There’s a moment, early in Conan the Barbarian, when Arnold Schwarzenegger is wandering around some ancient city, high on some mysterious substance, giggling with his Mongol archer sidekick. He takes a few steps backwards and then stumbles into a camel. Without really looking at what he’s doing, he wheels around and…
Snippets from almost all his films, replayed by the man himself. He’s only helped by some stock footage, silly props, and The Late Late Show’s host James Corden.
What is best in life? Seeing a classic sword-and-sorcery hero brought to the big screen, with an iconic bodybuilder in the lead role. But how did Robert E. Howard's Conan the Barbarian become such a classic film? The path to glory was long and twisted. Here's everything you never knew about the making of Conan.
Thanks to an intrepid programmer named Lauri Hartikka, we now have ArnoldC, a programming language where basic keywords are replaced with things Arnold has said in his many fine films.
It's a bit strange no one's thought to do so it, because the canal labyrinths of Los Santos are perfect for some Terminator 2 action. But here it is. YouTuber John Chapman and his friends made a pretty neat shot-for-shot remake of the movie's famous truck chase scene.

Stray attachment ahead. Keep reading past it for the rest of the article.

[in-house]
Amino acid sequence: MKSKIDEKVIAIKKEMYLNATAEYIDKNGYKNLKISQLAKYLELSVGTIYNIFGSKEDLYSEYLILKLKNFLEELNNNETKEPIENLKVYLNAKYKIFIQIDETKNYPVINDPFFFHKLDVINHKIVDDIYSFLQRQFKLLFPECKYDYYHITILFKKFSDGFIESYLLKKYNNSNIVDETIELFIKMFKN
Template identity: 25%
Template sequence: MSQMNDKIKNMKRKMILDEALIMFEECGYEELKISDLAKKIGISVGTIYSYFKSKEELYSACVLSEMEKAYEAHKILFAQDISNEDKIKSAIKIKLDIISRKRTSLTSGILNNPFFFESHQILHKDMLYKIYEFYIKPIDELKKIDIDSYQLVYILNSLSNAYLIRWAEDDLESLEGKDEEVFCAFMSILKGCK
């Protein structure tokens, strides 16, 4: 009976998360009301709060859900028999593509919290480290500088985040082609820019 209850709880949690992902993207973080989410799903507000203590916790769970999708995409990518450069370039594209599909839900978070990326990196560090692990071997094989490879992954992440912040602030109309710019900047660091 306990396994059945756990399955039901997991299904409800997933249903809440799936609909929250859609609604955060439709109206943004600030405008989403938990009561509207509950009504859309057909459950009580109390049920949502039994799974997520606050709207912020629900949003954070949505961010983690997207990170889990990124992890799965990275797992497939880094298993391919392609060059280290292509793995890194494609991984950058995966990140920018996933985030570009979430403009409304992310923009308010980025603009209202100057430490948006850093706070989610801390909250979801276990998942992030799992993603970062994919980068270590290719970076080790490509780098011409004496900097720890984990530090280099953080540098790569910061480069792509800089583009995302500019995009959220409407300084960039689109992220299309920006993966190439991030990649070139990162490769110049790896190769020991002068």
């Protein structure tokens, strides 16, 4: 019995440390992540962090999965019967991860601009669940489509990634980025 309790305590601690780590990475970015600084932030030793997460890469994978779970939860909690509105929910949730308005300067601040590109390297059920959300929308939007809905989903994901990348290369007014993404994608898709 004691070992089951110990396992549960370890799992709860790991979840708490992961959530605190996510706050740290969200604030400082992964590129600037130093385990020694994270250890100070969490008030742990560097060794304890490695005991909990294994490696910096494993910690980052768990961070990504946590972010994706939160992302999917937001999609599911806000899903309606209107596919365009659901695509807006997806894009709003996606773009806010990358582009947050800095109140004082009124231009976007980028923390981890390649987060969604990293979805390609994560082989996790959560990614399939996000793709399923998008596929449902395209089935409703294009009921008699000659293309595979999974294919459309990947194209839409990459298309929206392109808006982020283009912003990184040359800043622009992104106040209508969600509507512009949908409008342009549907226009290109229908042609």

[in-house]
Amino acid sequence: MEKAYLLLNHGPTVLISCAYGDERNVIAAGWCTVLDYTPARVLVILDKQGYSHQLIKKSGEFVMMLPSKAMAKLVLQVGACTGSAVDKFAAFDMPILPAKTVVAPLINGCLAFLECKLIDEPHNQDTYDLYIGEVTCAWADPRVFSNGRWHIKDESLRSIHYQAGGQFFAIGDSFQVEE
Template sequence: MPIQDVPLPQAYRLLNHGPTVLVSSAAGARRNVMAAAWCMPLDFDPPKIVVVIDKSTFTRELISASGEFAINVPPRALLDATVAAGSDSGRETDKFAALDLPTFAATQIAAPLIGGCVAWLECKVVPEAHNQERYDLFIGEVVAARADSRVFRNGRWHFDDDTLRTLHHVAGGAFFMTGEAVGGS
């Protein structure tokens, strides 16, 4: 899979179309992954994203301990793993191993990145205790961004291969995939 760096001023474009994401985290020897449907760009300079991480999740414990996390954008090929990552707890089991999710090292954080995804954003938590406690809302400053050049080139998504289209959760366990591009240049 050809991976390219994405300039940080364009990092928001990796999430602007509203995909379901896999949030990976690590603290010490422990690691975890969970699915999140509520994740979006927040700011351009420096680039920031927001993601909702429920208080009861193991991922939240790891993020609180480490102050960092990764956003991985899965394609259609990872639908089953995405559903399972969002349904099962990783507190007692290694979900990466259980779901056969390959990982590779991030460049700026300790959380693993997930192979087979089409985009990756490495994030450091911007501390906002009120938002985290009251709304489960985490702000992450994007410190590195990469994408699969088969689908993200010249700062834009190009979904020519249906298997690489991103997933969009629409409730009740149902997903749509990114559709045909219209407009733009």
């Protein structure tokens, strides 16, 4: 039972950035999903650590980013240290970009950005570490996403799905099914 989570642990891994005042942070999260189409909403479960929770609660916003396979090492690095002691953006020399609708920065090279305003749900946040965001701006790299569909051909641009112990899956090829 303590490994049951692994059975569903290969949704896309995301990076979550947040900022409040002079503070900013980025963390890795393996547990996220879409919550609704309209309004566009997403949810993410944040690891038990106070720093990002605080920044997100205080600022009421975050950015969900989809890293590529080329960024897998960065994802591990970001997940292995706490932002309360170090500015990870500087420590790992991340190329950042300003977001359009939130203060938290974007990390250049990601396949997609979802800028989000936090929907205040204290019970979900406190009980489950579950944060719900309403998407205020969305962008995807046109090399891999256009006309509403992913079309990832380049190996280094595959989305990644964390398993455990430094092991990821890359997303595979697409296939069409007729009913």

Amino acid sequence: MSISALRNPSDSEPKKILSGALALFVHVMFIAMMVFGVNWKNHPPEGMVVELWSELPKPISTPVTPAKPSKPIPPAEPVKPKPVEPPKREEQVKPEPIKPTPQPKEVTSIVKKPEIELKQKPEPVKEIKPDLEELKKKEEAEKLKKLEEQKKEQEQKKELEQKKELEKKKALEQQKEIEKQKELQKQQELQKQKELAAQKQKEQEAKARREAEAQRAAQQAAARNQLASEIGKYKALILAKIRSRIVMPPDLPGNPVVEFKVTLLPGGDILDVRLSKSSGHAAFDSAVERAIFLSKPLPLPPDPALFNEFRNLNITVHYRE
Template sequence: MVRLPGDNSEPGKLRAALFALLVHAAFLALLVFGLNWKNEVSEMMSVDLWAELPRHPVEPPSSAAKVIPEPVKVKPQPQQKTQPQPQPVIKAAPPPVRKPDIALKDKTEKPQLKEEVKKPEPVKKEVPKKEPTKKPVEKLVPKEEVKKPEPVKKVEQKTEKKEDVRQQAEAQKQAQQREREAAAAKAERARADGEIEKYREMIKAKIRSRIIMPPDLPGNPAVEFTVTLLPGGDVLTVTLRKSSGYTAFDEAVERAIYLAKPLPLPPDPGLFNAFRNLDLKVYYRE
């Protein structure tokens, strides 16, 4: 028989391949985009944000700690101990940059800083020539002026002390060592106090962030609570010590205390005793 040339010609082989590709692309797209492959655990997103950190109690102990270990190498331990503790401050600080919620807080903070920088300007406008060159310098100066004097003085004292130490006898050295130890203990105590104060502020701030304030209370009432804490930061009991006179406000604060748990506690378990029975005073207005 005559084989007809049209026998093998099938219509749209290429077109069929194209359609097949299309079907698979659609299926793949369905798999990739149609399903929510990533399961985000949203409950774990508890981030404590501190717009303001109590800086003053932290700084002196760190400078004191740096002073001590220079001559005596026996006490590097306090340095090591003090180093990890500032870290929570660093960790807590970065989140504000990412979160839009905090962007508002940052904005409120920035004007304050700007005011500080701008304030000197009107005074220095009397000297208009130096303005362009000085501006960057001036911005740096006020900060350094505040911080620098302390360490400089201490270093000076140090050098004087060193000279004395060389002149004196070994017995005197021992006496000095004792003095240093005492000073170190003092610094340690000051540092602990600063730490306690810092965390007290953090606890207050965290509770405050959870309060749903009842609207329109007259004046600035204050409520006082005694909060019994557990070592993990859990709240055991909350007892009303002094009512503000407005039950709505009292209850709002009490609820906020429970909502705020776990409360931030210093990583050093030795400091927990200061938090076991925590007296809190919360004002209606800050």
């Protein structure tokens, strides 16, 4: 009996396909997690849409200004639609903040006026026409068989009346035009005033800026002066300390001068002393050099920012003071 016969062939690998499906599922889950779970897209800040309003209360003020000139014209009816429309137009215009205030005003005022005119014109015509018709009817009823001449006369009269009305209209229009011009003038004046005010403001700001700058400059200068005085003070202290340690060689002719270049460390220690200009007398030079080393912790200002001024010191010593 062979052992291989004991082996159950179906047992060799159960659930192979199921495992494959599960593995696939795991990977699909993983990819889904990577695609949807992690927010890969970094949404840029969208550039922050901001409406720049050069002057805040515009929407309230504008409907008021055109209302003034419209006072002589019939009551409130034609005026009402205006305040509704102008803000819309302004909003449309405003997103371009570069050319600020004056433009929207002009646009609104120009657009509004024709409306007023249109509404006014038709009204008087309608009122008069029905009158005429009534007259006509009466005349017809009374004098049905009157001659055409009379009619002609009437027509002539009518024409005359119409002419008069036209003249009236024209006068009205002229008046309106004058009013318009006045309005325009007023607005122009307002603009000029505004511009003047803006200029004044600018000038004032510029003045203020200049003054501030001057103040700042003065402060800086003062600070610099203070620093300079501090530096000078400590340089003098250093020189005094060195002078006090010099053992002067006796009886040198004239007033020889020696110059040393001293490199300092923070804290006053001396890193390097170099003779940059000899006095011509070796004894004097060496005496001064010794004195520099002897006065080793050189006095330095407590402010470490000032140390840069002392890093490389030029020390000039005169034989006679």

I grew up during the 1980s. And like most kids, I watched a bunch of Arnold Schwarzenegger movies. If only I had lived in Japan. I could've grown up with something even better: His commercials.
Yesterday in a Reddit AMA, Col. Matrix took requests to repeat his most iconic lines of the past three decades. Among them: Predator (above), Conan the Barbarian (but not the prayer to Crom) Kindergarten Cop and, of course, The Terminator. How in the hell did nothing from Commando make it?
The Supreme Court's decision today to hear a case about the potential criminalizing of the sale of violent video games to children sparked divided reactions from the parties in the case and a call to gamers to get informed.
The United States Supreme Court may decide whether to hear a landmark case affecting the sale of violent video games as early as next week, the California Attorney General's office told Kotaku today.
The California law passed in 2005 that would have restricted the sale of violent video games to anyone under the age of 18 has been ruled unconstitutional in a U.S. Court of Appeals.